Chris Avellone - Interview @ RPGamer
RPGamer interviews Chris Avellone with a few questions about his career as a game designer, past projects, and what games he would love to make.
Johnathan Stringer: Why did Obsidian decide to use Kickstarter to fund Project Eternity?
Chris Avellone: Pitching an isometric, old-school RPG has two adjectives, no three adjectives associated with it when you add PC only, or Windows-focused, to the front of RPG that publishers don't want to hear. They don't see a lot of profit to be made in a game like that, nor is it worth investing the resources to create a game like that. So, we recognized there was probably an audience for a game like that out there, and Kickstarter just provided the means to contact that audience, and ask them directly for support. The backers came back with an insane level of support, which made us all very, very happy.
Johnathan Stringer: Would you say this is the future for these old-school style, PC RPGs, and the only way to get them developed?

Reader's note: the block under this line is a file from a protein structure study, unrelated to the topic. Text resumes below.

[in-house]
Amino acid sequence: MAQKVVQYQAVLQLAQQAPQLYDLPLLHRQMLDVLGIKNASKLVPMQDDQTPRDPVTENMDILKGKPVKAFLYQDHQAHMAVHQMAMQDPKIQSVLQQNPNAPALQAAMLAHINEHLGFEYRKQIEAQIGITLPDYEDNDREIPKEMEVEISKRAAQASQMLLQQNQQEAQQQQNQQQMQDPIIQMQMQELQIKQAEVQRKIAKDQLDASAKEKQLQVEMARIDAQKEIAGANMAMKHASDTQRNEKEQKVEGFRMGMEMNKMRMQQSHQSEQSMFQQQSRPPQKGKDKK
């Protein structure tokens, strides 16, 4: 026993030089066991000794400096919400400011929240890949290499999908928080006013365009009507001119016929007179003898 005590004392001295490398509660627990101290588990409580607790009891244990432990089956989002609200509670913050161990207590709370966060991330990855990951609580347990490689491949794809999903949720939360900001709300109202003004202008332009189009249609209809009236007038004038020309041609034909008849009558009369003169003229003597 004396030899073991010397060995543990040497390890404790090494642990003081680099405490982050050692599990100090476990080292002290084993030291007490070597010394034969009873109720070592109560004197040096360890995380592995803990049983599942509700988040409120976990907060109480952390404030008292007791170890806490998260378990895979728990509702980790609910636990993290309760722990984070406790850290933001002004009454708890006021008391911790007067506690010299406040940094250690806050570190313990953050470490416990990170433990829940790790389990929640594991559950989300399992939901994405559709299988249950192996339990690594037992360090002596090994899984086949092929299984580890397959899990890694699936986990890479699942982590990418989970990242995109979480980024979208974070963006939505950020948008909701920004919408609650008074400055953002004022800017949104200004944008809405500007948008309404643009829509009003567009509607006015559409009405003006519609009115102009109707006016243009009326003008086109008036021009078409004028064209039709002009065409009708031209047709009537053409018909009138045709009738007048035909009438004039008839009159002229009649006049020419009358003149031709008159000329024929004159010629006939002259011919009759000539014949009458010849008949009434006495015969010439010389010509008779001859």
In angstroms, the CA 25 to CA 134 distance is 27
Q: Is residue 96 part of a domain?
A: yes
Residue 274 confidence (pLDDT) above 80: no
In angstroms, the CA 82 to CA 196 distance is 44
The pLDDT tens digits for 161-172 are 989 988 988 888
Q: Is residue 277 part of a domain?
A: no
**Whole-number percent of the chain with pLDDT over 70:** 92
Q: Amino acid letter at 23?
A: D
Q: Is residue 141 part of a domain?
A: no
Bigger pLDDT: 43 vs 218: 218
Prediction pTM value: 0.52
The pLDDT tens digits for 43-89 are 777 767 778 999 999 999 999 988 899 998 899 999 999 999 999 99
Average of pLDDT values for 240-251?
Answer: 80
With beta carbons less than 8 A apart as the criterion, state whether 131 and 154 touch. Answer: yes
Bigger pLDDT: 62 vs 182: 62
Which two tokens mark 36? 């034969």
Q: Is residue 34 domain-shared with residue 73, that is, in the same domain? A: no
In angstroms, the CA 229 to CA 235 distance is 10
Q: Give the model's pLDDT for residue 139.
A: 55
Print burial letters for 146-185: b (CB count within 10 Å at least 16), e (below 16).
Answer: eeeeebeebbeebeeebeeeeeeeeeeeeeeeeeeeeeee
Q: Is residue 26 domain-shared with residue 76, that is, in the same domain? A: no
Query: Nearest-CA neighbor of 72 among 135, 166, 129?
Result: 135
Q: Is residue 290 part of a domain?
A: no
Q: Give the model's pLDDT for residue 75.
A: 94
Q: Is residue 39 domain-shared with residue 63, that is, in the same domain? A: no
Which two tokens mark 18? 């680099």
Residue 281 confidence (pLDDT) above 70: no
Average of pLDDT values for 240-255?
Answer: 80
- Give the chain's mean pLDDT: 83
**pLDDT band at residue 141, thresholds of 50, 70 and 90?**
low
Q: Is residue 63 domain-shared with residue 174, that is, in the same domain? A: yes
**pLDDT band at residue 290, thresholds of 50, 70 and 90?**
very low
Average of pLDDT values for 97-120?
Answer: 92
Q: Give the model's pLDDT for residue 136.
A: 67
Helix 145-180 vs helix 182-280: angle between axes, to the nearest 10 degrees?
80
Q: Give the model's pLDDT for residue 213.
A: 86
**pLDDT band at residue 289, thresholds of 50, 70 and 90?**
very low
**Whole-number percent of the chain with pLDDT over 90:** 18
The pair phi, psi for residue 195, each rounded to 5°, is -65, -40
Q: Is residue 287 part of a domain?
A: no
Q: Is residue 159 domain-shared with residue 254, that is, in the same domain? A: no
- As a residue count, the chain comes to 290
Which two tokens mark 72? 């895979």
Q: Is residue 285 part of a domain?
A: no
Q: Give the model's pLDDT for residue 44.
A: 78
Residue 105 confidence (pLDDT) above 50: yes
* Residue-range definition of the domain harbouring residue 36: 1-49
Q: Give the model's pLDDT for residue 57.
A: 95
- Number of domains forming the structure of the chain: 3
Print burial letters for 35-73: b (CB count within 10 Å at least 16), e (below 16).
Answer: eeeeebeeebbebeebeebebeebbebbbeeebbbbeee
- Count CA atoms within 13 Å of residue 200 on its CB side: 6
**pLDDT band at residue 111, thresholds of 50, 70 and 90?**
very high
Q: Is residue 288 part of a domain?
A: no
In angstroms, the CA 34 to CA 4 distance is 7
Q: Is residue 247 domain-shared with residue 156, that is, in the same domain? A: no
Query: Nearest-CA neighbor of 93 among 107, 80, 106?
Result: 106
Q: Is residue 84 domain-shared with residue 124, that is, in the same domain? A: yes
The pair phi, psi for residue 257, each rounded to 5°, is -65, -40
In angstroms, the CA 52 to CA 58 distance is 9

Chris Avellone: I used to think yes, but, recently I think publishers have seen how well these games are attracting an audience on Kickstarter and how much financial support they are getting. Now, I think publishers in the future would be more willing on having a conversation about making these types of games.
Johnathan Stringer: In your opinion, why has the Western RPG been gaining in popularity while that of the Japanese RPG has seemingly been descending?
Chris Avellone: You know, I have thought about this, and have no idea. I have a bunch of guesses. I think maybe, there are some elements about western RPGs that offer more freedom, in terms of how you build your character, and in terms of how you experience the storyline, as that is true in a lot of Bethesda's games. But, then there are some other games that seem to be mimicking more of the Japanese RPG model, that are some ways more constrained than a Bethesda game, and those seem to be doing well. So, maybe just the super linear path, without much deviation, gamers are having a backlash against that. And ultimately, they just want to play their own hero that they have customized, they have developed, and they don't have to worry about seeing in a cutscene necessarily. They just want to be the fantasy character they imagined, and I just think Western RPGs allow for that a lot more than Japanese RPGs.
Read the full interview for more good questions as I can' list them all.